November 30, 2020

New Jersey Public Schools Cut Librarian Jobs As Budgets Get Tighter

From the Press of Atlantic City:

Last week, the state Board of Education recognized April as School Library Month in New Jersey, noting in a resolution that “it is both fitting and proper that special recognition be given to school library programs and the role of certified librarians in education.”

But throughout the state, there are fewer school librarians to recognize. As budgets get tighter and district officials look to reduce costs, more are eliminating or consolidating the position.

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State education code, updated in 2014, requires that each school district provide library-media services under the direction of a certified school library media specialist. Arlen Kimmelman, president of the New Jersey Association of School Librarians, said the wording gives districts a lot of leeway to get around having a full-time librarian.

“The loophole is they can just have someone come in and set up a program, or review it, then let teachers do different parts of the job.” she said. “People think we just check out books. They don’t understand that the librarian is not just a book lady.”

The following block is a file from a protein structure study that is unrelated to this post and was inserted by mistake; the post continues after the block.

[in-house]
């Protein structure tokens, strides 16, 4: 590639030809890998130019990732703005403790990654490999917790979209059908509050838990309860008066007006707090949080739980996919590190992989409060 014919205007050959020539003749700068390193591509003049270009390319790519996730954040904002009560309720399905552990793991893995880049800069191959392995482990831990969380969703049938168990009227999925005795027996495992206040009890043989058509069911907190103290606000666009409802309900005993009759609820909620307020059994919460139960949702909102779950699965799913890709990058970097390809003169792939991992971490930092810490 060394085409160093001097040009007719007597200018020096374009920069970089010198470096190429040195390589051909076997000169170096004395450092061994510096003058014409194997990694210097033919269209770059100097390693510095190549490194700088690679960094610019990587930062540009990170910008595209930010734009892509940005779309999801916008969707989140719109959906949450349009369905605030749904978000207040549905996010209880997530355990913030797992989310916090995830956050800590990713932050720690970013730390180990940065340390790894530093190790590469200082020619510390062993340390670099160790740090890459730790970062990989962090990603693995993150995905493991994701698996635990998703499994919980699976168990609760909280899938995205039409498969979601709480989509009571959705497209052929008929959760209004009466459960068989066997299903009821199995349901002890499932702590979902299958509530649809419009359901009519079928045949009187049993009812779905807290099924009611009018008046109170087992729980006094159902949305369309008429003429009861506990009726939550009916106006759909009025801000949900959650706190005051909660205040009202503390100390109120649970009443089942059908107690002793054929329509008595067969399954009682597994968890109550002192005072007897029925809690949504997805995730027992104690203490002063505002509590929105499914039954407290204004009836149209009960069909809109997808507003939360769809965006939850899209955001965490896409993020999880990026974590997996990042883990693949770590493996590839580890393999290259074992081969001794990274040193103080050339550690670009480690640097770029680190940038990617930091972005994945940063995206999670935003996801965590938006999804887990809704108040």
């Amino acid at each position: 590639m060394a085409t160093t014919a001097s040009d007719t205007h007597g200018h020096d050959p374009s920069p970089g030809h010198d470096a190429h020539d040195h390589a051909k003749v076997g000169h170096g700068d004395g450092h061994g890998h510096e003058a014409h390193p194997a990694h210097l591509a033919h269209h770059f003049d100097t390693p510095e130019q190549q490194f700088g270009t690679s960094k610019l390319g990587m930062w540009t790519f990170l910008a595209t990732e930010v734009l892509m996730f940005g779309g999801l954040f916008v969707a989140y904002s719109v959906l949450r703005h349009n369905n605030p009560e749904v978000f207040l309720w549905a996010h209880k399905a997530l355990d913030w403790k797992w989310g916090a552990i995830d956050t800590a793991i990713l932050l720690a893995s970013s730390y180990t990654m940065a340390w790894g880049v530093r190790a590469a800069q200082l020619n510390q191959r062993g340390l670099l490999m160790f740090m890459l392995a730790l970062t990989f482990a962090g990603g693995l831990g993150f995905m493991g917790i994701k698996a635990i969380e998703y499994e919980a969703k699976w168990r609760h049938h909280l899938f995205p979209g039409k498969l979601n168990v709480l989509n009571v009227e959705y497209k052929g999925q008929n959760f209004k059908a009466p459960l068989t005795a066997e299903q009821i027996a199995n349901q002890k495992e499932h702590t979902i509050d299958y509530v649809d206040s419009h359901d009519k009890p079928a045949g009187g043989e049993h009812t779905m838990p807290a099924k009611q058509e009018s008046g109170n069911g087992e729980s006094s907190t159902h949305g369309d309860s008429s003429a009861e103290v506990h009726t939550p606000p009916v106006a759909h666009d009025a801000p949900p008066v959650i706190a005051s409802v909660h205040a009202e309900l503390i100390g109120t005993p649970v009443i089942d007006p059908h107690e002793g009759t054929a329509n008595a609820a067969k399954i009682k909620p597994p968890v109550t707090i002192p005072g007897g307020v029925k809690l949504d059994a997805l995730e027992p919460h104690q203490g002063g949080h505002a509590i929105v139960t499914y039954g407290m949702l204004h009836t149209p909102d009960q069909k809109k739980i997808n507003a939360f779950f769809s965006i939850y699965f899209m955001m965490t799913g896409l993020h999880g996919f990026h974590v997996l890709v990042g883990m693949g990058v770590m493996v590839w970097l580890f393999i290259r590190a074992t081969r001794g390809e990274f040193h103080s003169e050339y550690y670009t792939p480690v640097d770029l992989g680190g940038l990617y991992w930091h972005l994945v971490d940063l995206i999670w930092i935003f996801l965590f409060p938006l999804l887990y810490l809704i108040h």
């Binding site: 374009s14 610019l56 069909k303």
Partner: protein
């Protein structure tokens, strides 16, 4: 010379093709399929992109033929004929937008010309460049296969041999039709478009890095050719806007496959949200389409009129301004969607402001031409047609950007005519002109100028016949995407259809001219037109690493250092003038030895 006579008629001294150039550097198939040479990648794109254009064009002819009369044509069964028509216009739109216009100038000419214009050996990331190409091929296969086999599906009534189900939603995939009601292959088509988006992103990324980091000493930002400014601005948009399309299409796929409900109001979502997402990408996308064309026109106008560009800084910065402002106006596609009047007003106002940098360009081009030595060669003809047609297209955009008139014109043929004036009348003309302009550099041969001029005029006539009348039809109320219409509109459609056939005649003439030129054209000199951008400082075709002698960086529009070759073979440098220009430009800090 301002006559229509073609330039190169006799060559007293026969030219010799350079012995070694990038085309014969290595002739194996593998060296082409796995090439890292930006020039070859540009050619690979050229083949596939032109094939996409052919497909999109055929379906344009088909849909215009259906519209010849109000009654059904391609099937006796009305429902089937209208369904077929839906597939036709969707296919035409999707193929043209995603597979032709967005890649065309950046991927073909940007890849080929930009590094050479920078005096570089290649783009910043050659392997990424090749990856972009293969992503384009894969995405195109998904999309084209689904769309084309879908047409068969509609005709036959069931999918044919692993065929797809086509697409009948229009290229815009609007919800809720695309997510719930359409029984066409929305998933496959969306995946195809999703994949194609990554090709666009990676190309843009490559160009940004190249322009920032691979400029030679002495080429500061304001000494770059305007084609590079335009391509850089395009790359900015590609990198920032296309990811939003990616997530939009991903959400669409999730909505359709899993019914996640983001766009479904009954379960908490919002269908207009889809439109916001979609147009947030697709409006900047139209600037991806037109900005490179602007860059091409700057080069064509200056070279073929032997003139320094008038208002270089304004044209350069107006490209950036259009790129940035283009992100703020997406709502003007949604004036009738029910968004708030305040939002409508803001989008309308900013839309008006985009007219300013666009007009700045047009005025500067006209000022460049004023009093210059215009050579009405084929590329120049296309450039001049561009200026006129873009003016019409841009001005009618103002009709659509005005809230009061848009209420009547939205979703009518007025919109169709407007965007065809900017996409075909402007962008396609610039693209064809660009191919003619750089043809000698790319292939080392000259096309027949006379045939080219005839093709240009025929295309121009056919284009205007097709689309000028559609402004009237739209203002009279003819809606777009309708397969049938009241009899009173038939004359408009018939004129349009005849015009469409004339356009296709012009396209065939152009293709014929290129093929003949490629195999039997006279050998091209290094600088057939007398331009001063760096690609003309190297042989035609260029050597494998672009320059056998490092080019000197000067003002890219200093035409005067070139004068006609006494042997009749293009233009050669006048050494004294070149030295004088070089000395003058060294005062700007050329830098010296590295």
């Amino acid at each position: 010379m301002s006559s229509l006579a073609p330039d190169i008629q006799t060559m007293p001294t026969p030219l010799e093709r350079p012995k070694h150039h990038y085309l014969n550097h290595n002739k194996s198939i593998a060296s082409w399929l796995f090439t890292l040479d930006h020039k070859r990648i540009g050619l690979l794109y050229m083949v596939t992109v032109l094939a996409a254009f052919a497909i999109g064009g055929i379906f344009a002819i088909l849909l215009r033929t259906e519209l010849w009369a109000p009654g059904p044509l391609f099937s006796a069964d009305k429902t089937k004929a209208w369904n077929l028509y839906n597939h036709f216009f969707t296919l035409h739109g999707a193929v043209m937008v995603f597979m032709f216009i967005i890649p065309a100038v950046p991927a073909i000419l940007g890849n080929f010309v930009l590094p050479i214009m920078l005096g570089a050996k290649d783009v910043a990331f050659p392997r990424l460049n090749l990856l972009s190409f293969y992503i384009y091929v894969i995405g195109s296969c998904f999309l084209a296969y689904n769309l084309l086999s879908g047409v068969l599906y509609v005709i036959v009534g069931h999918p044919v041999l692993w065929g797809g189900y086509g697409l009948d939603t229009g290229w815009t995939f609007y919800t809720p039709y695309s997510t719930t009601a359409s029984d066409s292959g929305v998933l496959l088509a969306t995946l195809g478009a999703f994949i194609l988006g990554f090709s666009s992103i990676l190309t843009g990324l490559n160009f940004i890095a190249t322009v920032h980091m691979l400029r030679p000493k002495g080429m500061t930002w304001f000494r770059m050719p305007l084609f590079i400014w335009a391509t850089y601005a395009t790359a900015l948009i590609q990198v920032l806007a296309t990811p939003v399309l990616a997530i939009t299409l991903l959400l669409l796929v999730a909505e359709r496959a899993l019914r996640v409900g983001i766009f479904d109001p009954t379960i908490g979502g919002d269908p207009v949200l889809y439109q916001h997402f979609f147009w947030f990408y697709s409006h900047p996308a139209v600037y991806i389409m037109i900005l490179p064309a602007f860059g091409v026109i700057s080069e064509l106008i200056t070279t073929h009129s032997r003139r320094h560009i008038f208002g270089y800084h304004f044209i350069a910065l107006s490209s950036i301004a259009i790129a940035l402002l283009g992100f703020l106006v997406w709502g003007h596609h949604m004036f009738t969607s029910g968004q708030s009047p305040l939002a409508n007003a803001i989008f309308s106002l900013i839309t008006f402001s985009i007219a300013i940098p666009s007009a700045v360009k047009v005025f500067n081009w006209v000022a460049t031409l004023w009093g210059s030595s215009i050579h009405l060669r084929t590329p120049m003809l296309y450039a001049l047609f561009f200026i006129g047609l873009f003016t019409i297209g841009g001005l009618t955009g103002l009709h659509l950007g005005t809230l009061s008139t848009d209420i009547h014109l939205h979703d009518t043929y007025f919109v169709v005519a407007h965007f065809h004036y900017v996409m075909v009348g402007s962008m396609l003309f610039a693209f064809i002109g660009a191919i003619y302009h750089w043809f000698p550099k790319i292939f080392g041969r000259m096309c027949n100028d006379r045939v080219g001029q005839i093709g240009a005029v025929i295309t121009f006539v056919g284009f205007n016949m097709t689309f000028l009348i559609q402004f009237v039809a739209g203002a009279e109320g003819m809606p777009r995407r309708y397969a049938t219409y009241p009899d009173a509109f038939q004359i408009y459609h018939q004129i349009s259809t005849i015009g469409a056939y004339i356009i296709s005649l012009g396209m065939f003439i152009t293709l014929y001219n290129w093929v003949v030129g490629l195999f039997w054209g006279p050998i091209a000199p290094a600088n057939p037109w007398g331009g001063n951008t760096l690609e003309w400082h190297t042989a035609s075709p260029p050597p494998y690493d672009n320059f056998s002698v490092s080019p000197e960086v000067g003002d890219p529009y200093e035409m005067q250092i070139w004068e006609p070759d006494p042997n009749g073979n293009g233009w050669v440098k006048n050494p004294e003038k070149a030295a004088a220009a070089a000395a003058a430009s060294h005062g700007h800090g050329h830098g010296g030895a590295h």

The article mentions several school districts in New Jersey without a school librarian.

Read the Complete Article (910 Words)

About Gary Price

Gary Price (gprice@mediasourceinc.com) is a librarian, writer, consultant, and frequent conference speaker based in the Washington D.C. metro area. Before launching INFOdocket, Price and Shirl Kennedy were the founders and senior editors at ResourceShelf and DocuTicker for 10 years. From 2006-2009 he was Director of Online Information Services at Ask.com, and is currently a contributing editor at Search Engine Land.

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